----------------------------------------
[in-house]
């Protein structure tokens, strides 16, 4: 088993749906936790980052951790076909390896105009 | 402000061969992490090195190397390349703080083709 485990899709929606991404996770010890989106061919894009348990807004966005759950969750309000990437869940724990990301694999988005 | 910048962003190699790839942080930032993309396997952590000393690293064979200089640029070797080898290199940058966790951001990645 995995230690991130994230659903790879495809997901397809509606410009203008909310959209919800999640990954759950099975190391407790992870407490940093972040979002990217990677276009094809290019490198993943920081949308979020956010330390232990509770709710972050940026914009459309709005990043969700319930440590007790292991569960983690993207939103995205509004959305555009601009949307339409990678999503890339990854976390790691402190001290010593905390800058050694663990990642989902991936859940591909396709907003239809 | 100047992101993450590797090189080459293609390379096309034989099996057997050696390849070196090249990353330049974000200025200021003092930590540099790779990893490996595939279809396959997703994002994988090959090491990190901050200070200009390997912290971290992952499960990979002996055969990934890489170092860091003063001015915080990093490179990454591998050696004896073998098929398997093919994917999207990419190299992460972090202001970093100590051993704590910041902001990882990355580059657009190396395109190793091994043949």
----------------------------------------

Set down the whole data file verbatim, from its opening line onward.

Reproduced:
[in-house]
């Protein structure tokens, strides 16, 4: 088993749906936790980052951790076909390896105009 | 402000061969992490090195190397390349703080083709 485990899709929606991404996770010890989106061919894009348990807004966005759950969750309000990437869940724990990301694999988005 | 910048962003190699790839942080930032993309396997952590000393690293064979200089640029070797080898290199940058966790951001990645 995995230690991130994230659903790879495809997901397809509606410009203008909310959209919800999640990954759950099975190391407790992870407490940093972040979002990217990677276009094809290019490198993943920081949308979020956010330390232990509770709710972050940026914009459309709005990043969700319930440590007790292991569960983690993207939103995205509004959305555009601009949307339409990678999503890339990854976390790691402190001290010593905390800058050694663990990642989902991936859940591909396709907003239809 | 100047992101993450590797090189080459293609390379096309034989099996057997050696390849070196090249990353330049974000200025200021003092930590540099790779990893490996595939279809396959997703994002994988090959090491990190901050200070200009390997912290971290992952499960990979002996055969990934890489170092860091003063001015915080990093490179990454591998050696004896073998098929398997093919994917999207990419190299992460972090202001970093100590051993704590910041902001990882990355580059657009190396395109190793091994043949």